San Francisco’s municipal palace looks like the Wicked Witch of the West might live there, only there aren’t any flying monkeys. But several years ago, the monkeys set up housekeeping right out front. Supplied with food, clothing, tents, and other amenities by “community activists,” hundreds of wild-eyed tramps extorted money from passersby, drank cheap wine, urinated and vomited on the sidewalk, rutted in public, collected junk, and cooked their hobo cuisine over open fires. They did everything, in fact, but bathe. It was Mad Max Goes Homeless.
Left-wing Mayor Art Agnos was popular with all of San Francisco’s special interests, from Forests Forever to Dykes on Bikes. But when he allowed vagrants and beggars—most of whom have criminal records, are crazy, and are alcoholics or dmg addicts—not merely to roam the streets but to set up a Bushville on some of the most expensive real estate in America, he was the ex-mayor at the next election. The new mayor is a former police chief and, in Bay Area terms, a member of the hard right. Frarik Jordan has promised to sweep the streets as well as City Hall Plaza, but he will have his work cut out for him; like every other local official in this country, he faces court rulings that empower the bums and disarm the cops.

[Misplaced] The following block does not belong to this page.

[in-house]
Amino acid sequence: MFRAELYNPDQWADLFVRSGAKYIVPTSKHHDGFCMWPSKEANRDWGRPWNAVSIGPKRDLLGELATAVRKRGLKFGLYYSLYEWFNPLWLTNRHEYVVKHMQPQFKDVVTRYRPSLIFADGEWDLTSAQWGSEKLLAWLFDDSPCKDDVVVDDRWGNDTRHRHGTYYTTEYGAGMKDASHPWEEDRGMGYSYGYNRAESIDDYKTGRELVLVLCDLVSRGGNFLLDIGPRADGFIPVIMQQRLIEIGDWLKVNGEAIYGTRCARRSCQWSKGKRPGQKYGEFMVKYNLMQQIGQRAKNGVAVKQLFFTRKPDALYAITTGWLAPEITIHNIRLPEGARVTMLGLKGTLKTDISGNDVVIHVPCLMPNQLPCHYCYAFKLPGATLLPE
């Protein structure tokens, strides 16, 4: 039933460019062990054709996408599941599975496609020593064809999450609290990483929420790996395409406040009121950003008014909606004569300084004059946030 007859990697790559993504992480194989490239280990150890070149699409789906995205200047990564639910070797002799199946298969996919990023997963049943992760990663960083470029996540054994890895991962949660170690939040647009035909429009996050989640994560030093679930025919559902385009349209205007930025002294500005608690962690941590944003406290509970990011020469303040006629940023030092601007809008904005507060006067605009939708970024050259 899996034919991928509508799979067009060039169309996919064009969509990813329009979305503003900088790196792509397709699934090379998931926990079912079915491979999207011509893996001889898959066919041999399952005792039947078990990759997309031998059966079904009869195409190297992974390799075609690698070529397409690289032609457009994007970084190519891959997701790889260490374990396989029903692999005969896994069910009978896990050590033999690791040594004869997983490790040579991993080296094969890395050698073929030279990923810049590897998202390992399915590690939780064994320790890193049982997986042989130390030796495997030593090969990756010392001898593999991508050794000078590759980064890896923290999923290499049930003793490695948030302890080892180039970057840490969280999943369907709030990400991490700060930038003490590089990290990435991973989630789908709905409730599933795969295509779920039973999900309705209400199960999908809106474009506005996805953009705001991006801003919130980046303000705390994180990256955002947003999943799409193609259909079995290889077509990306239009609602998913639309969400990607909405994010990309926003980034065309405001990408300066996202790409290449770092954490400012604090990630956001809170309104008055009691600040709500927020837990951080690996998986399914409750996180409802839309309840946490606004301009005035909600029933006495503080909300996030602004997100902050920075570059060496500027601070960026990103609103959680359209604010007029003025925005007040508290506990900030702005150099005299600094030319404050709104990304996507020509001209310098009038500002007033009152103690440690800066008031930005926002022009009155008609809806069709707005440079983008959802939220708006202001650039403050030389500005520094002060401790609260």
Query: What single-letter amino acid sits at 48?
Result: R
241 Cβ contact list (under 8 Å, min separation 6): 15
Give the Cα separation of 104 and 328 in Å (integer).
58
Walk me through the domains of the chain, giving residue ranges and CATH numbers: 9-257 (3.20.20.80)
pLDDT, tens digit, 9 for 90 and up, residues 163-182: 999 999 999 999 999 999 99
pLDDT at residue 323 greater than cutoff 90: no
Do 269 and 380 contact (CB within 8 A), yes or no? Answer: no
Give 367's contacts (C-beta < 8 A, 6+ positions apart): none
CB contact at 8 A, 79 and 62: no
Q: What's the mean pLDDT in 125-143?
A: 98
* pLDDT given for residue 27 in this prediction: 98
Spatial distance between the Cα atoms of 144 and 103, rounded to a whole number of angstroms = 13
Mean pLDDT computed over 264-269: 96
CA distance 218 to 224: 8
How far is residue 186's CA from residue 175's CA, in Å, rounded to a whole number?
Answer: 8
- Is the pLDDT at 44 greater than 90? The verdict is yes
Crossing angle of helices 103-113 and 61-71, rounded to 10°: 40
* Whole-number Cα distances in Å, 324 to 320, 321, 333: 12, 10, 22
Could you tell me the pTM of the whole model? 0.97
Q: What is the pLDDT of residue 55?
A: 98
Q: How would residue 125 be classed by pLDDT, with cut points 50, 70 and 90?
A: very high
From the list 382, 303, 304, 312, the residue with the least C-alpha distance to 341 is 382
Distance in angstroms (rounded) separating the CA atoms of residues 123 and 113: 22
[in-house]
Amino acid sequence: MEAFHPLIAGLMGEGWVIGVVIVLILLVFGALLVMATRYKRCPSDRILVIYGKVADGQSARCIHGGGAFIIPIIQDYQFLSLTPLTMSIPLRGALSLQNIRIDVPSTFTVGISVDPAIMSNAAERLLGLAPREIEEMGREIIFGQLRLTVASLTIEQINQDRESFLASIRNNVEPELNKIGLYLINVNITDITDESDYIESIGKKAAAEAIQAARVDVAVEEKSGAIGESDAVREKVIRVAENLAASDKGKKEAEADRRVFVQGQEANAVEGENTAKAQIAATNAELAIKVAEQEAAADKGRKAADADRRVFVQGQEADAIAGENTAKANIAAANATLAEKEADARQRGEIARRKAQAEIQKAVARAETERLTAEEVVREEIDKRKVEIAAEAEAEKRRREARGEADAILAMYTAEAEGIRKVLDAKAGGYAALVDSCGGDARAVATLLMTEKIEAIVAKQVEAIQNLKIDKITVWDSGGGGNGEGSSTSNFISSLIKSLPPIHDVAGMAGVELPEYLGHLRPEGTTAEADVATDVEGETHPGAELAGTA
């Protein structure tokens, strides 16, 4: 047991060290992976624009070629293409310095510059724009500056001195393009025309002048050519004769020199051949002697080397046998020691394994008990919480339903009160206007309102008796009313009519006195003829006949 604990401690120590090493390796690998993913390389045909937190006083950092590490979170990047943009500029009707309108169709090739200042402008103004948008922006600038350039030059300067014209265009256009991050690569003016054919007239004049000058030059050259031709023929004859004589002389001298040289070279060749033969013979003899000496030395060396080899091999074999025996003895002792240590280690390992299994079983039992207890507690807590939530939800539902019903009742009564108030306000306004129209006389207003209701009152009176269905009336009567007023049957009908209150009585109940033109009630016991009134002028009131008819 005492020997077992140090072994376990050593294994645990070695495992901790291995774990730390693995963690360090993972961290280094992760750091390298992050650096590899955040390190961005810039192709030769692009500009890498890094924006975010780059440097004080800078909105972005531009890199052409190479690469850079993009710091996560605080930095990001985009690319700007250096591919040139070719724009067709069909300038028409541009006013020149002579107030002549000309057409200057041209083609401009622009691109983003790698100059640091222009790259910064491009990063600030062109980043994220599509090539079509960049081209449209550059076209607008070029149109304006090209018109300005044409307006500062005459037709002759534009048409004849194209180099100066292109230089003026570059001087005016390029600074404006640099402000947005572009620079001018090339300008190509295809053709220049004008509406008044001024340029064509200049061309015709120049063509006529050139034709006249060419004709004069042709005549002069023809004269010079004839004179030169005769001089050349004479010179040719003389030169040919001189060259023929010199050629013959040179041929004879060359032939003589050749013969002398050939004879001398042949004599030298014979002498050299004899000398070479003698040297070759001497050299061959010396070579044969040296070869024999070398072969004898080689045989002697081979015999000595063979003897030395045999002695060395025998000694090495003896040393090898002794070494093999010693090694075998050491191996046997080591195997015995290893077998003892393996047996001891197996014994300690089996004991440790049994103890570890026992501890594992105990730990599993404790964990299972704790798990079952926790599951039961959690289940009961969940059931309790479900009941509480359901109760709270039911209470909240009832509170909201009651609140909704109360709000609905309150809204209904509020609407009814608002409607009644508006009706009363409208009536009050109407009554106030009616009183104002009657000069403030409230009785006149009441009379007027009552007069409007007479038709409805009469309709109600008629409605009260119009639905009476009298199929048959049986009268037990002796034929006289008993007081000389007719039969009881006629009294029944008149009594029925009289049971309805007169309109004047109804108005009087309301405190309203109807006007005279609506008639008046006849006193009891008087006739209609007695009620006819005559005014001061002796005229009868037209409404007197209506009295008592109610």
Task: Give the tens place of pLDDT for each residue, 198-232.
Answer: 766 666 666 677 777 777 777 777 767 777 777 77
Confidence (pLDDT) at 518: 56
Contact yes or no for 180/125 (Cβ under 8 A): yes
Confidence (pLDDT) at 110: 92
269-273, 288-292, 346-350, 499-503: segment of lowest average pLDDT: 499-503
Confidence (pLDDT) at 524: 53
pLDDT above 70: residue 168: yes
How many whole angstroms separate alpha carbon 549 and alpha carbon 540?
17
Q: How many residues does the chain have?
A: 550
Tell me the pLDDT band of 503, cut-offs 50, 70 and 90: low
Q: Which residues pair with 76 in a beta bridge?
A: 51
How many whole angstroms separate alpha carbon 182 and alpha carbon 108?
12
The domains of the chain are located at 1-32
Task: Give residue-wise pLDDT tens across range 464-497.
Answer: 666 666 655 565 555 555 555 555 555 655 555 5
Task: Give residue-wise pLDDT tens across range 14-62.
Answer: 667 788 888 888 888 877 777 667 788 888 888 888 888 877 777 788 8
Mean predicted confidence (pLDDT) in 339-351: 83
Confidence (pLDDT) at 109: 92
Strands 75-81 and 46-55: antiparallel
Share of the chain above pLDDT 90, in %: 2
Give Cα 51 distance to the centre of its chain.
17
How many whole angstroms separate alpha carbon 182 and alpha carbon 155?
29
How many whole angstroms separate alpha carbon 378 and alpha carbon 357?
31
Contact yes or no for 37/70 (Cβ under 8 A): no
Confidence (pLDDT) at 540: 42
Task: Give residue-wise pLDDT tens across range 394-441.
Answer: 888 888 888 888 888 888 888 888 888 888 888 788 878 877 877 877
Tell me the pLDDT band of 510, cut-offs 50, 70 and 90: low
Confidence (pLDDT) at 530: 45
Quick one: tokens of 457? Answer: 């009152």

Before the Supreme Court gutted vagrancy laws in 1972, the police were free—in the wonderful words of a Jacksonville, Florida, ordinance—to roust or arrest “rogues and vagabonds, or dissolute persons who go about begging, . . . common drunkards, . . . lewd, wanton, and lascivious persons, common railers and brawlers, persons wandering or strolling around from place to place without any lawful purpose or object, habitual loafers, disorderly persons . . . persons able to work but habitually living upon the earnings of their wives or minor children.” It was a law with more than six centuries of tradition behind it. By allowing vagrants to be punished with up to 90 days in jail, it kept the streets of Jacksonville safer and more decent. But that ordinance and all similar laws were declared unconstitutional in a decision written by William O. Douglas. It was the sort of sweeping act of judicial imperialism we have come to take for granted, but which violates the letter and spirit of the Constitution. Local laws are none of the Supreme Court’s business. The central government has legitimate jurisdiction only over the District of Columbia’s vagrancy laws. It’s easy to see why the feds might want to obviate that responsibility, however. Arresting “habitual loafers” would not only clear the streets, it would empty most of the buildings in D.C.